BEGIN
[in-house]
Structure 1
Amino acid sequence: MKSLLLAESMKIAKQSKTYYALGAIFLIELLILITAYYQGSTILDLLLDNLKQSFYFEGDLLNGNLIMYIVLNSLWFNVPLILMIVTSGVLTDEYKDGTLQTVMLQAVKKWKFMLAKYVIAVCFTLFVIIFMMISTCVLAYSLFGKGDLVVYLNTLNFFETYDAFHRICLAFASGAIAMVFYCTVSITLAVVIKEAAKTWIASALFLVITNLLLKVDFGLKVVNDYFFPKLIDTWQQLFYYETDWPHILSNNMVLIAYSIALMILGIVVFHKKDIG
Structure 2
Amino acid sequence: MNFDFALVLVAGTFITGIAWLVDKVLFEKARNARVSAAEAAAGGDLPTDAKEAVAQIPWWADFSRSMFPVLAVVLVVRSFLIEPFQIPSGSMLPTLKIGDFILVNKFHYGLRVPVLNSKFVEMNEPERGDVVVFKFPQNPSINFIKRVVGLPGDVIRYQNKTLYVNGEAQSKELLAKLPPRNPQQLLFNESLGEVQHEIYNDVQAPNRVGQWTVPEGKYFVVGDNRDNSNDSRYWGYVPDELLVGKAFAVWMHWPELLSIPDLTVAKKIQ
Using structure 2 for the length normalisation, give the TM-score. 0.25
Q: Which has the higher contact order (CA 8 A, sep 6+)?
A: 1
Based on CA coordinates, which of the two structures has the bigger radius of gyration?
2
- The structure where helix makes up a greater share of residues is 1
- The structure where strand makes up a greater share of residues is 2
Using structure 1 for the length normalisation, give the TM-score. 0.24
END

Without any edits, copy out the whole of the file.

[in-house]
Structure 1
Amino acid sequence: MKSLLLAESMKIAKQSKTYYALGAIFLIELLILITAYYQGSTILDLLLDNLKQSFYFEGDLLNGNLIMYIVLNSLWFNVPLILMIVTSGVLTDEYKDGTLQTVMLQAVKKWKFMLAKYVIAVCFTLFVIIFMMISTCVLAYSLFGKGDLVVYLNTLNFFETYDAFHRICLAFASGAIAMVFYCTVSITLAVVIKEAAKTWIASALFLVITNLLLKVDFGLKVVNDYFFPKLIDTWQQLFYYETDWPHILSNNMVLIAYSIALMILGIVVFHKKDIG
Structure 2
Amino acid sequence: MNFDFALVLVAGTFITGIAWLVDKVLFEKARNARVSAAEAAAGGDLPTDAKEAVAQIPWWADFSRSMFPVLAVVLVVRSFLIEPFQIPSGSMLPTLKIGDFILVNKFHYGLRVPVLNSKFVEMNEPERGDVVVFKFPQNPSINFIKRVVGLPGDVIRYQNKTLYVNGEAQSKELLAKLPPRNPQQLLFNESLGEVQHEIYNDVQAPNRVGQWTVPEGKYFVVGDNRDNSNDSRYWGYVPDELLVGKAFAVWMHWPELLSIPDLTVAKKIQ
Using structure 2 for the length normalisation, give the TM-score. 0.25
Q: Which has the higher contact order (CA 8 A, sep 6+)?
A: 1
Based on CA coordinates, which of the two structures has the bigger radius of gyration?
2
- The structure where helix makes up a greater share of residues is 1
- The structure where strand makes up a greater share of residues is 2
Using structure 1 for the length normalisation, give the TM-score. 0.24